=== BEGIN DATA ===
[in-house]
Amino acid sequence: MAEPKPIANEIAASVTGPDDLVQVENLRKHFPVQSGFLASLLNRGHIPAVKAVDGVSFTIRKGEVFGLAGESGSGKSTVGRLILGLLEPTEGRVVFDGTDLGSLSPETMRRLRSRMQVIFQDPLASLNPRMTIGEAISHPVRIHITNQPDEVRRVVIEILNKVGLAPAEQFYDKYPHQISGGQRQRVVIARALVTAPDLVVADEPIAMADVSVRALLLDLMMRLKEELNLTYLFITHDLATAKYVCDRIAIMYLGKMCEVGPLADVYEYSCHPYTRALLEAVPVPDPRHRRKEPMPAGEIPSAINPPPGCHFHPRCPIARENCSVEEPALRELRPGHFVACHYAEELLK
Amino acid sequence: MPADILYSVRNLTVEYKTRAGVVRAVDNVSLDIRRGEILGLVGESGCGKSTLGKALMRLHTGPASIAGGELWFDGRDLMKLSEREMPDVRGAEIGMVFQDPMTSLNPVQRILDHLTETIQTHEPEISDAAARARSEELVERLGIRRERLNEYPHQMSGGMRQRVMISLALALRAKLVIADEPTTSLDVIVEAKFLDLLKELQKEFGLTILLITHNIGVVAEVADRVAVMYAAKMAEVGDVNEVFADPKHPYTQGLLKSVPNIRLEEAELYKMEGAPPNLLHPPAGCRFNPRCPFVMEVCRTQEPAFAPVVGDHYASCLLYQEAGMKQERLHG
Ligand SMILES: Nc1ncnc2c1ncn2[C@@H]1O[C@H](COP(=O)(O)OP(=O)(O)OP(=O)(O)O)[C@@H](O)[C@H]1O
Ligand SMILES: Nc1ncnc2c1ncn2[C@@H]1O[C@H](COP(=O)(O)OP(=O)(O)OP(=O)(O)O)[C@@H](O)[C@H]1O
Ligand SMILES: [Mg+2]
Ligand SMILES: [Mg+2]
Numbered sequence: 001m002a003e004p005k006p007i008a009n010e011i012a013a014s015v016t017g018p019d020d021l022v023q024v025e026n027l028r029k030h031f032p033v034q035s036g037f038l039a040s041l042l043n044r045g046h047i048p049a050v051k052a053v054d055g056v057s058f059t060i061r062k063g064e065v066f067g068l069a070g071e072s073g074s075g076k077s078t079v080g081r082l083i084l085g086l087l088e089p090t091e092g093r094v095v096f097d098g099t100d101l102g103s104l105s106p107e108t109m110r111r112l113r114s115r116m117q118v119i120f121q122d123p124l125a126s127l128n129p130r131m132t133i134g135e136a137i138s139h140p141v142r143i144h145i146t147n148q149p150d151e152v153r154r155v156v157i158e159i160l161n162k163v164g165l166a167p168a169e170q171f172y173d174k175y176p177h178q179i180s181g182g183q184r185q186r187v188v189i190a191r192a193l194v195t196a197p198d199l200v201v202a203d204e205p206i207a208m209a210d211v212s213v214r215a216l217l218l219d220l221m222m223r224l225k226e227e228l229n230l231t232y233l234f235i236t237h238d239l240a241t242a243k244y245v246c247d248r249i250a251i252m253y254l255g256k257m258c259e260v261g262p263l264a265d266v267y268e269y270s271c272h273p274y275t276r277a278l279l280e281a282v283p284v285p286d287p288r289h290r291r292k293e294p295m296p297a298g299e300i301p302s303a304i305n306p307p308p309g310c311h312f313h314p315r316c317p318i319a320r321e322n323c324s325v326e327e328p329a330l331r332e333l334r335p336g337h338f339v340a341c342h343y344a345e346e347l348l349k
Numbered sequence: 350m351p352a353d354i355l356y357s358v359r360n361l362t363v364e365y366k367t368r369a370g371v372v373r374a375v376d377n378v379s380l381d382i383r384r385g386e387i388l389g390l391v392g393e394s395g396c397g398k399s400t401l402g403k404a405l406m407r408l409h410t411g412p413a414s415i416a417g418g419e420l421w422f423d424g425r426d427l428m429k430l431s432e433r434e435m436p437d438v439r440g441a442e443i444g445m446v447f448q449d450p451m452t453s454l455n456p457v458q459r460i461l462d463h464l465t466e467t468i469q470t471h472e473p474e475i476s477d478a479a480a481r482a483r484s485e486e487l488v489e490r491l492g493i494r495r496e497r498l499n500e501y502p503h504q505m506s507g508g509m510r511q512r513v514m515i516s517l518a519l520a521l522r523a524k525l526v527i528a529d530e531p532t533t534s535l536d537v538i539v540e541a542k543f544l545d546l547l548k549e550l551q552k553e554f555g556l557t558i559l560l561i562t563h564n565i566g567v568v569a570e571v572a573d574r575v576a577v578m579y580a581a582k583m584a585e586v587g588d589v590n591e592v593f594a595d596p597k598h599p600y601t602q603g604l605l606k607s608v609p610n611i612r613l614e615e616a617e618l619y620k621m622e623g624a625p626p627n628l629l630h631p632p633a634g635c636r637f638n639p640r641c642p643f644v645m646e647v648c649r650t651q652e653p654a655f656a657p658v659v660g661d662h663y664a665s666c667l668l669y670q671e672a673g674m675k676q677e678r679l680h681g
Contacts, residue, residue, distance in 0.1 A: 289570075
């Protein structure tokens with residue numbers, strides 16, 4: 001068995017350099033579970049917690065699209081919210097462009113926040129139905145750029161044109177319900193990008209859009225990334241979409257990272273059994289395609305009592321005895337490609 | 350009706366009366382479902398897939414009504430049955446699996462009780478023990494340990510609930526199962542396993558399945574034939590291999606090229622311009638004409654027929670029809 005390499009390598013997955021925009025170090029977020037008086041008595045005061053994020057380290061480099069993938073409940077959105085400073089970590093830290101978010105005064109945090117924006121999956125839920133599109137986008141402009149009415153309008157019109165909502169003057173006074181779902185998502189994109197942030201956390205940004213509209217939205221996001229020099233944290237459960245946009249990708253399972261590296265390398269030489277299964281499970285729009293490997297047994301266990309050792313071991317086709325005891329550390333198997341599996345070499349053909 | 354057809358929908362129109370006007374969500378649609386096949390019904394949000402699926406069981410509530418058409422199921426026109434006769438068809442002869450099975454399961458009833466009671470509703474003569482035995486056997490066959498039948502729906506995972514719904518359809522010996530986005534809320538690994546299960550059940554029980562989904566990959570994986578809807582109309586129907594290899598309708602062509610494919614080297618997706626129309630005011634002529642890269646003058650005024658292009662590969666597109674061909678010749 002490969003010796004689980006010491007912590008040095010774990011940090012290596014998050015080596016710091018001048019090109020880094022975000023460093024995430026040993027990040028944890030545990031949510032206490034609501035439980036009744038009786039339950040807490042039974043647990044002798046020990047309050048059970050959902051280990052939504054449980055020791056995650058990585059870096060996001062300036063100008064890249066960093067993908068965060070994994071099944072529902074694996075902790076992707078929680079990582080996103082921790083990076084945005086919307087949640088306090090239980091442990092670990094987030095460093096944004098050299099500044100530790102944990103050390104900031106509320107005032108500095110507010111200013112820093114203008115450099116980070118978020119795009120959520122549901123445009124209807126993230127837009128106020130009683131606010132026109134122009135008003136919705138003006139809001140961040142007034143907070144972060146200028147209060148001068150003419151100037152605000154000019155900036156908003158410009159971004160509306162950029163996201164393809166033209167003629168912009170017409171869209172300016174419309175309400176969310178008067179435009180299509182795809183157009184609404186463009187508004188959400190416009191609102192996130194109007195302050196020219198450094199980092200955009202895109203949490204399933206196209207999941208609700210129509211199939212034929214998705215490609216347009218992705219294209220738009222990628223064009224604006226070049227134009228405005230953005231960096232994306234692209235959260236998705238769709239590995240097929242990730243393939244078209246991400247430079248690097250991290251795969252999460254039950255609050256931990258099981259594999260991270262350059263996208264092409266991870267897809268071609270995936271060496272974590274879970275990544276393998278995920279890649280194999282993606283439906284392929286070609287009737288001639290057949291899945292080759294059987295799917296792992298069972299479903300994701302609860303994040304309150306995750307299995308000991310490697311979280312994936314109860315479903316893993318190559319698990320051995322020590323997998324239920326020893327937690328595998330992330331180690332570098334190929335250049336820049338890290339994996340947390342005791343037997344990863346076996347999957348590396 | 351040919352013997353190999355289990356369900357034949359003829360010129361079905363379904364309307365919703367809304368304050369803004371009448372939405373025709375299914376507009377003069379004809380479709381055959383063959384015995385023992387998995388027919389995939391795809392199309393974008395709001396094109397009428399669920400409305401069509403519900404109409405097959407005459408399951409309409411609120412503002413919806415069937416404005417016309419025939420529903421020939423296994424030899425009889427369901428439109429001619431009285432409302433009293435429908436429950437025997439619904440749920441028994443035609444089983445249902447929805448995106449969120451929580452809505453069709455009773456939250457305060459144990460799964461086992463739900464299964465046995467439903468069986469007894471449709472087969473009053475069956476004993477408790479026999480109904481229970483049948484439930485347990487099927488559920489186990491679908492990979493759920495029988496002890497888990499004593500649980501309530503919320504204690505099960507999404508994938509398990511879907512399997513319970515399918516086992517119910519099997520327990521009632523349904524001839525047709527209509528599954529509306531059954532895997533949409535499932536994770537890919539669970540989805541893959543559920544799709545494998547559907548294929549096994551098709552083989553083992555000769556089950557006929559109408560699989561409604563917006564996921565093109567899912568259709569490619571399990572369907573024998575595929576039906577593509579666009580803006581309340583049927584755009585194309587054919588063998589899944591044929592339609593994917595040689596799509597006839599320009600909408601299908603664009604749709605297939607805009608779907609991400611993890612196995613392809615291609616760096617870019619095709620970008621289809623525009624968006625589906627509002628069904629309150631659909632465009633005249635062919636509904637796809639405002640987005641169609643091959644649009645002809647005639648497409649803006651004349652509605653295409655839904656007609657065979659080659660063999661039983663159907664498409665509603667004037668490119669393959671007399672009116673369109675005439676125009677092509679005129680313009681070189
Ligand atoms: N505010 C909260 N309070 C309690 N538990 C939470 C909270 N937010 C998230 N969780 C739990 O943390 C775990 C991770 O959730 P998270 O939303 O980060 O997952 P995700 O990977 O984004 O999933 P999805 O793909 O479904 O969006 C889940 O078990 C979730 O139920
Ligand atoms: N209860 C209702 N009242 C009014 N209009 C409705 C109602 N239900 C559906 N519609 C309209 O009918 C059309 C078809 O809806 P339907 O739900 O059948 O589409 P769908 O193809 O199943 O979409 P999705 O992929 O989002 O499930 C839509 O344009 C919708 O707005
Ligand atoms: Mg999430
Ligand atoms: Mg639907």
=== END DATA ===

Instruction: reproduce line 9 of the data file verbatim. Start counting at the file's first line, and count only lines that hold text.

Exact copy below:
Numbered sequence: 350m351p352a353d354i355l356y357s358v359r360n361l362t363v364e365y366k367t368r369a370g371v372v373r374a375v376d377n378v379s380l381d382i383r384r385g386e387i388l389g390l391v392g393e394s395g396c397g398k399s400t401l402g403k404a405l406m407r408l409h410t411g412p413a414s415i416a417g418g419e420l421w422f423d424g425r426d427l428m429k430l431s432e433r434e435m436p437d438v439r440g441a442e443i444g445m446v447f448q449d450p451m452t453s454l455n456p457v458q459r460i461l462d463h464l465t466e467t468i469q470t471h472e473p474e475i476s477d478a479a480a481r482a483r484s485e486e487l488v489e490r491l492g493i494r495r496e497r498l499n500e501y502p503h504q505m506s507g508g509m510r511q512r513v514m515i516s517l518a519l520a521l522r523a524k525l526v527i528a529d530e531p532t533t534s535l536d537v538i539v540e541a542k543f544l545d546l547l548k549e550l551q552k553e554f555g556l557t558i559l560l561i562t563h564n565i566g567v568v569a570e571v572a573d574r575v576a577v578m579y580a581a582k583m584a585e586v587g588d589v590n591e592v593f594a595d596p597k598h599p600y601t602q603g604l605l606k607s608v609p610n611i612r613l614e615e616a617e618l619y620k621m622e623g624a625p626p627n628l629l630h631p632p633a634g635c636r637f638n639p640r641c642p643f644v645m646e647v648c649r650t651q652e653p654a655f656a657p658v659v660g661d662h663y664a665s666c667l668l669y670q671e672a673g674m675k676q677e678r679l680h681g